All three actors excel at The Moving Company's brand of quirky narrative that takes scenes of mundane life and draws abstractions from them that make something universal out of small, specific moments. They also are adept at the physical comedy and the wordplay that inflates The 4 Seasons with buoyancy to counteract the dreariness it depicts. Each of the cast members presents a persona throughout. Steven Epp is whiny, ruminating about the past and loathe to consider anything better for the future. In one intense monologue, Epp talks about what a great kid he was, then bit by bit lets us know how that "great kid" became the miserable man we see before us. Joy Dolo is the activist of the group, railing against injustice, such as a fairly straightforward diatribe that invoked testimony lodged against Supreme Court Justice Brett Kavanaugh at his recent confirmation hearings. Heidi Bakke tries valiantly to be optimistic, and find way to declare her cup as half full, but time and again, dissolves into despair. Her pals are no help to her: at one point she wonders, in all sincerity, "What if I'm already happy?" to which Dolo and Epp respond in unison, without skipping a beat "You're not."
Serrand creates wonderful stage imagery using the spare but ingenious set (which he designed with Safa Sarvestani), props, and his actors. A hotel swimming pool and its surrounding deck arrive almost by magic, with the actors convincingly swimming and splashing with utter delight. Sonya Berlovitz' costumes provide just enough alteration from scene to scene to acknowledge the passing seasons. Marcus Dilliard's lighting design and Justin Burk's sound design, including the use of the Vivaldi and Piazolla musical "Four Seasons", contribute to a vibrant theatrical work that is crisp and clean, seesawing between wit that is sometimes loopy, and introspection that scrapes against the pain of lives without meaning. These two elements continuously spar with one another. The despair is made to seem comical, while the humor is a desperate effort to heal the wounded spirits.
The 4 Seasons provides a constantly engaging procession of images and witticisms, but the piece lacks a sense of purpose. We are soon very familiar with the desperation felt by these three characters, and we just as soon recognize their foolishness. They are not given any context that would allow us to think that any one of them might actually be capable of change. Their misery becomes tiresome when there is no impulse to rise above it. In actual human society, change is possible and people can break away from treadmills of unhappy thinking and co-dependent relationships. That is, for me, the disappointing aspect of this work: for all the intelligence, creativity and artistry that went into its formation, the outcome is nil. I did not find myself moved by these characters, certainly not delighted by them, nor did I learn anything from them. I did, however, greatly enjoy watching them display the wit and theatrical gifts shared by the director, actors, and creative team that devised The 4 Seasons.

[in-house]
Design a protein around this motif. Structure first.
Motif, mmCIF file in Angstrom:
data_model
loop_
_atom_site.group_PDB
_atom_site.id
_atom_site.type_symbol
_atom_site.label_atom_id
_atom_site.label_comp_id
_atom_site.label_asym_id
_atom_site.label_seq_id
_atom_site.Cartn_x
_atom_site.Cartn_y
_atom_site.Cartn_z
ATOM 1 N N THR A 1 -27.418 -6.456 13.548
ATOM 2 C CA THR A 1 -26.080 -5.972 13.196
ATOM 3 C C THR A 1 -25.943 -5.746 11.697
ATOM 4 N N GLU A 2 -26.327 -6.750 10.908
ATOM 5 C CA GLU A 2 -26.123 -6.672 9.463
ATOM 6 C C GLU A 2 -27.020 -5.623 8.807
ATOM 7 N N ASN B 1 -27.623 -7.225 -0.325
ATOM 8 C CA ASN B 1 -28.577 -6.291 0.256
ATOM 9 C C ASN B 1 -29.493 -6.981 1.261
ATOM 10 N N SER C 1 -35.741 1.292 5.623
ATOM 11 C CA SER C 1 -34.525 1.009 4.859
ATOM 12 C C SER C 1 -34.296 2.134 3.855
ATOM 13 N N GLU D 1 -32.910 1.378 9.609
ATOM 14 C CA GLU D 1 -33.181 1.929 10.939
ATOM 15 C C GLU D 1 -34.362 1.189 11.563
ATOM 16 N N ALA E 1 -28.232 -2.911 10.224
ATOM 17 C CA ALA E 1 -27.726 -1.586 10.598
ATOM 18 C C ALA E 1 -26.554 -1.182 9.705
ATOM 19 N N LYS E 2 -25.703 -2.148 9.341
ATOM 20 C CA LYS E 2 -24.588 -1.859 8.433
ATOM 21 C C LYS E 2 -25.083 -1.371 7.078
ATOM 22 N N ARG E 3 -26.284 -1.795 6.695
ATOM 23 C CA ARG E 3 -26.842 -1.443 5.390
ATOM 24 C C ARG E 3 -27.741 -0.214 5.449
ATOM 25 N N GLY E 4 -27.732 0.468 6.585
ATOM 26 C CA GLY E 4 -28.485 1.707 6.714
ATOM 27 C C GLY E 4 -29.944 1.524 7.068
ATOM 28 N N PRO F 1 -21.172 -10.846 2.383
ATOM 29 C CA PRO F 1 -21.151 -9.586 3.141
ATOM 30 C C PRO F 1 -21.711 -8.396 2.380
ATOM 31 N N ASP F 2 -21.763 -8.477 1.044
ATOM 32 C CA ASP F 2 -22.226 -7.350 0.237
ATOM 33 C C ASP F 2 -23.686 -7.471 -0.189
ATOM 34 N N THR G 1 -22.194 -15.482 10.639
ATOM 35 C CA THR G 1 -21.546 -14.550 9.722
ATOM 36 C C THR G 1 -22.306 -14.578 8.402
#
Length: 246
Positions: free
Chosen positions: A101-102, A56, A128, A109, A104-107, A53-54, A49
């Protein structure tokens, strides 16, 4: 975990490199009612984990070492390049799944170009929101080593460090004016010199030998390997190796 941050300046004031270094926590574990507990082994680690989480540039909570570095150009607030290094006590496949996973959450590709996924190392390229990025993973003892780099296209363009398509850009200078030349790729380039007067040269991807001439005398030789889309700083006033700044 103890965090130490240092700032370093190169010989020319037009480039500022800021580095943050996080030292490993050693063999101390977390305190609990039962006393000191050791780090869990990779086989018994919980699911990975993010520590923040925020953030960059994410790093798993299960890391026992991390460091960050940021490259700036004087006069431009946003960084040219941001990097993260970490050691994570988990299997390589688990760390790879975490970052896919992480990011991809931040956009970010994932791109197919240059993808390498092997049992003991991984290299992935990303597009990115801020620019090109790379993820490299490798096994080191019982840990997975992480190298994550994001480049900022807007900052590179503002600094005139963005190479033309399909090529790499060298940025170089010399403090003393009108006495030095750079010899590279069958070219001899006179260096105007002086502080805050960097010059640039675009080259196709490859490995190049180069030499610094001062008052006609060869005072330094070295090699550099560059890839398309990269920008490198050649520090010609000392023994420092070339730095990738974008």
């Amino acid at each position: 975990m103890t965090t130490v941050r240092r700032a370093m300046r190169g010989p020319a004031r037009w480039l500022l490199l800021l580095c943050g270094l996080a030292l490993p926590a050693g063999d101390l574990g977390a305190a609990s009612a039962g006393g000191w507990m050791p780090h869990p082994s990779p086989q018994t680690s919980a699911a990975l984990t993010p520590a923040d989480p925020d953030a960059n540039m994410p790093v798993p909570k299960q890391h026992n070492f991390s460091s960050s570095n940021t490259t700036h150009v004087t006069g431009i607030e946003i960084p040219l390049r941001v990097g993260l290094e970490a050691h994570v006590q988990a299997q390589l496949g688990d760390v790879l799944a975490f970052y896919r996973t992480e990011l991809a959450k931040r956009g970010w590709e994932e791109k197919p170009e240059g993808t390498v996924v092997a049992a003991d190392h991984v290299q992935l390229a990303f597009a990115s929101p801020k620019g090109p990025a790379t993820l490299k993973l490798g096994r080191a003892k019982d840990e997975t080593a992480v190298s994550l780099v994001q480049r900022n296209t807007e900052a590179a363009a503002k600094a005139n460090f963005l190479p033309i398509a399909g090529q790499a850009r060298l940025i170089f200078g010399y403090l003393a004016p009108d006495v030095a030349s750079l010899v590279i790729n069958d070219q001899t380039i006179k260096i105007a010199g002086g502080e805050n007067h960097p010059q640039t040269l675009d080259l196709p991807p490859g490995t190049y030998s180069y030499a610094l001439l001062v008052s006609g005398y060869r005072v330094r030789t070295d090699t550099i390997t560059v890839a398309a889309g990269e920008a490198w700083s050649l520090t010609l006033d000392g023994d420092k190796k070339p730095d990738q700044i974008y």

The Moving Company's The 4 Seasons, through December 2, 2018, at The Lab Theater, 700 1st Street North, Minneapolis MN. Tickets: $32 $20.00 for student. For tickets call 612-333-7977 or go to www.thelabtheater.org.
Conceived by: Steven Epp, Dominique Serrand and Nathan Keepers; Director: Dominique Serrand; Set Design: Safa Sarvestani and Dominique Serrand; Costume Design: Sonya Berlovitz; Lighting Design: Marcus Dilliard; Associate Lighting Designer: Alex Clark; Sound Design: Justin Burk; Props: Nathan Keepers and Steven Epp; Stage Manager: Madilynn Garcia; Assistant Director: Emma Halper; Music: Antonio Vivaldi and Astor Piazzolla.
Cast: Heidi Bakke, Joy Dolo and Steven Epp